“Unfortunately, I am writing with sad news: Judge Thomas has informed me that he will not be available to teach the seminar this fall,” Maggs wrote, according to the Hatchet. “I know this is disappointing. I’m very sorry.”
The university confirmed the message. “Justice Thomas has informed GW Law that he will not be available to co-teach a seminar on constitutional law this fall,” a university spokesperson said. “The students were promptly notified of Justice Thomas’s decision by his co-instructor who will continue to offer the seminar this fall.”
Maggs, through an assistant, referred questions to the university. Thomas did not immediately respond to messages left at the Supreme Court’s public information office.
Thomas, who has served on the Supreme Court for over 30 years, has taught at DC Law School since 2011. His position there as a teacher sparked controversy this summer after he conservative majority of court overthrown Roe v. Wadethe landmark 1973 ruling that established a constitutional right to abortion.
Thomas joined the majority in the June 24 ruling in Dobbs v. Jackson Women’s Health Organization. He also wrote a unanimous opinion that the court should reconsider previous rulings based on legal reasoning, similar to what the court developed in roeincluding decisions to protect same-sex marriage rights and access to contraception.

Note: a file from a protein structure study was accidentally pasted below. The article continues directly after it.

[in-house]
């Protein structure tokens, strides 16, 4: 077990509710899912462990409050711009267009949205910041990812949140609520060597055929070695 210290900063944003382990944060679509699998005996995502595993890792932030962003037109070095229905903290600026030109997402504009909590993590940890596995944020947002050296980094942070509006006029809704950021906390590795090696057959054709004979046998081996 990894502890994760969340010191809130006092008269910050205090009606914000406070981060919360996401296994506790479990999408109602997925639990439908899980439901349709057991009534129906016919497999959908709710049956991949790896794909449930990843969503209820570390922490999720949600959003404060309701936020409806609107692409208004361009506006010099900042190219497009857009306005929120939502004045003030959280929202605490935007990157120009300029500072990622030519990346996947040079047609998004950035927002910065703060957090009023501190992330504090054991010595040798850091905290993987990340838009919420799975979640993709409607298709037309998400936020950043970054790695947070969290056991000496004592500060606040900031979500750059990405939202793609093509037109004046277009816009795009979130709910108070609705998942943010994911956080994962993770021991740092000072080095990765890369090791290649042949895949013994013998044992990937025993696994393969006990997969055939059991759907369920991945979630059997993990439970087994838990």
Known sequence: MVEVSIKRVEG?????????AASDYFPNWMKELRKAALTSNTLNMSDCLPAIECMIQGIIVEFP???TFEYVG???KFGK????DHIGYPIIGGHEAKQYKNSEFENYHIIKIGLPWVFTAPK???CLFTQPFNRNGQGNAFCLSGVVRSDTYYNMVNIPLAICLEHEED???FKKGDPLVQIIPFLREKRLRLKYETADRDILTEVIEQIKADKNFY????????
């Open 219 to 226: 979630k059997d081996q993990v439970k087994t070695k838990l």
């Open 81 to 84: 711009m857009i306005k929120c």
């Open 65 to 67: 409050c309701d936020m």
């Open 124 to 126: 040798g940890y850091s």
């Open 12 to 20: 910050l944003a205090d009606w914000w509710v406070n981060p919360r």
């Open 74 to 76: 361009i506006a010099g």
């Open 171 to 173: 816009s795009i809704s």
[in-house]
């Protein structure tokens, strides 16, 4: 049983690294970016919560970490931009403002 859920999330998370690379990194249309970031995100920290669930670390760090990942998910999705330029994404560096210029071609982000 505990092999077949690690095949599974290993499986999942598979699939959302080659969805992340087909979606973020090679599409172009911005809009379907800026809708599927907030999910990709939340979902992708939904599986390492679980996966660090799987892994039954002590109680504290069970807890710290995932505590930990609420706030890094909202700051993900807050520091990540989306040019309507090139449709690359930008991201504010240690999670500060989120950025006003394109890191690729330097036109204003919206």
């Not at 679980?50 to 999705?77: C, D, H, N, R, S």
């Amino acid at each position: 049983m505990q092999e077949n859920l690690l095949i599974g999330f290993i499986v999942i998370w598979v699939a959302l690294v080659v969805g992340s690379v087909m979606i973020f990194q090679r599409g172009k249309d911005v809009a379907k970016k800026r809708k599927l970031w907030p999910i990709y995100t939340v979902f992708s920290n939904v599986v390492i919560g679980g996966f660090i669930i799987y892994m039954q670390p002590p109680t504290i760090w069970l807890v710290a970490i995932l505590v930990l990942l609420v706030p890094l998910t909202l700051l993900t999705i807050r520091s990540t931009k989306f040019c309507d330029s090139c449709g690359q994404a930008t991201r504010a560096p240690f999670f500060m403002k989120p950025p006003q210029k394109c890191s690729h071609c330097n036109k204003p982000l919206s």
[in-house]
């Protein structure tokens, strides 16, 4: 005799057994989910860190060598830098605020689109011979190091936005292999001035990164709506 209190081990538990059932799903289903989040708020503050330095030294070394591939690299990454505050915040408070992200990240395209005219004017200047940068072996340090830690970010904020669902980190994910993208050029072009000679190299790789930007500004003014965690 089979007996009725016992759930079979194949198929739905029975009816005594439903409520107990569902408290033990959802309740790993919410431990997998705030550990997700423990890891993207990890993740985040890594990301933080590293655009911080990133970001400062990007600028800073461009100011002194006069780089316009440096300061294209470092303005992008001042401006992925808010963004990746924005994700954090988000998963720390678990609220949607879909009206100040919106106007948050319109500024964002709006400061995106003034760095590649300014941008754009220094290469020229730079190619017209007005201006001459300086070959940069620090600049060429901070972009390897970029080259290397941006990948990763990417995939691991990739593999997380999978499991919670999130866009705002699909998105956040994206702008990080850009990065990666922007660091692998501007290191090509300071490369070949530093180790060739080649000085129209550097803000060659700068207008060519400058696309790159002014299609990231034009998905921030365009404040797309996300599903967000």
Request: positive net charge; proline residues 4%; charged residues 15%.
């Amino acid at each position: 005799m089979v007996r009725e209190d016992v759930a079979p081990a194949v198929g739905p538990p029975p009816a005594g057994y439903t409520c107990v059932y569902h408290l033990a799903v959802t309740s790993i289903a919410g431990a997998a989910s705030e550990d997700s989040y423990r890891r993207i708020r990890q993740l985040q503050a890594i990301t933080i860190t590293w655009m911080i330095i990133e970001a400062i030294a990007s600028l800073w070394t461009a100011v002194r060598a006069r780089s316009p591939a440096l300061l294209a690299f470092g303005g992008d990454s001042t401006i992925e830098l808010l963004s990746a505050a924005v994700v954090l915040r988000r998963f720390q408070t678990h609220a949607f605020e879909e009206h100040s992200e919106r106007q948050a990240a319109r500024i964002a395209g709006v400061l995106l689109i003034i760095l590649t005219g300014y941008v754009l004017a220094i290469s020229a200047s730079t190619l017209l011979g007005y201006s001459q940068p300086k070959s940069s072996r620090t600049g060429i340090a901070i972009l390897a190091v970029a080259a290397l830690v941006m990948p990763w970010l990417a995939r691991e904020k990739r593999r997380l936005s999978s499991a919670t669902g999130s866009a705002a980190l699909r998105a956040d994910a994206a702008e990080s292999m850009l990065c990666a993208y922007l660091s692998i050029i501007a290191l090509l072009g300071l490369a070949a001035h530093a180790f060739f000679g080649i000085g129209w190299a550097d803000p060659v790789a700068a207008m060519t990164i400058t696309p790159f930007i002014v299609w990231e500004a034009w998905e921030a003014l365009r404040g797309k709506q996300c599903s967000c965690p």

After that, thousands signed a petition calling for Thomas to be removed from law school.
University leaders opposed those demands, saying on June 28 that they “steadfastly support the robust exchange of ideas and deliberation” and that “the university will not terminate Judge Thomas’s employment nor cancel his class in response to his legal opinions.”
GWU defends Thomas’ appointment amid calls for law school removal
Thomas’ critics on Wednesday celebrated the news that the judge was withdrawing from his curricula.
“This is a huge win,” said Jon Kay, who helped organize the petition. The 20-year-old GWU junior from South Orange, NJ, majoring in international affairs and philosophy, said he was surprised to learn that Thomas was retiring. Groups of students had planned demonstrations in the fall, he said, assuming Thomas would teach. “We’ll keep working to make sure he doesn’t come back in the spring semester,” Kay said.
But a GWU law professor, Jonathan Turley, called Wednesday’s development “deeply worrisome.” Turley complained about what he called a “cancellation campaign” in college.
“Justice Thomas has been teaching this course for many years and our students have benefited greatly from his insights and his experiences,” Turley wrote in an email. “He is known as someone who enjoys interacting with students and has often shown a lot of interest in their careers. This is a huge loss for our school.”
Maggs, a former clerk for Thomas and for retired Supreme Court Justice Anthony M. Kennedy, has told students the class is continuing. “The seminar has not been canceled, but I will be the only instructor now,” Maggs said in the email the Hatchet received. “For those of you who are still interested in taking the course, I assure you we will make the best of the new situation.”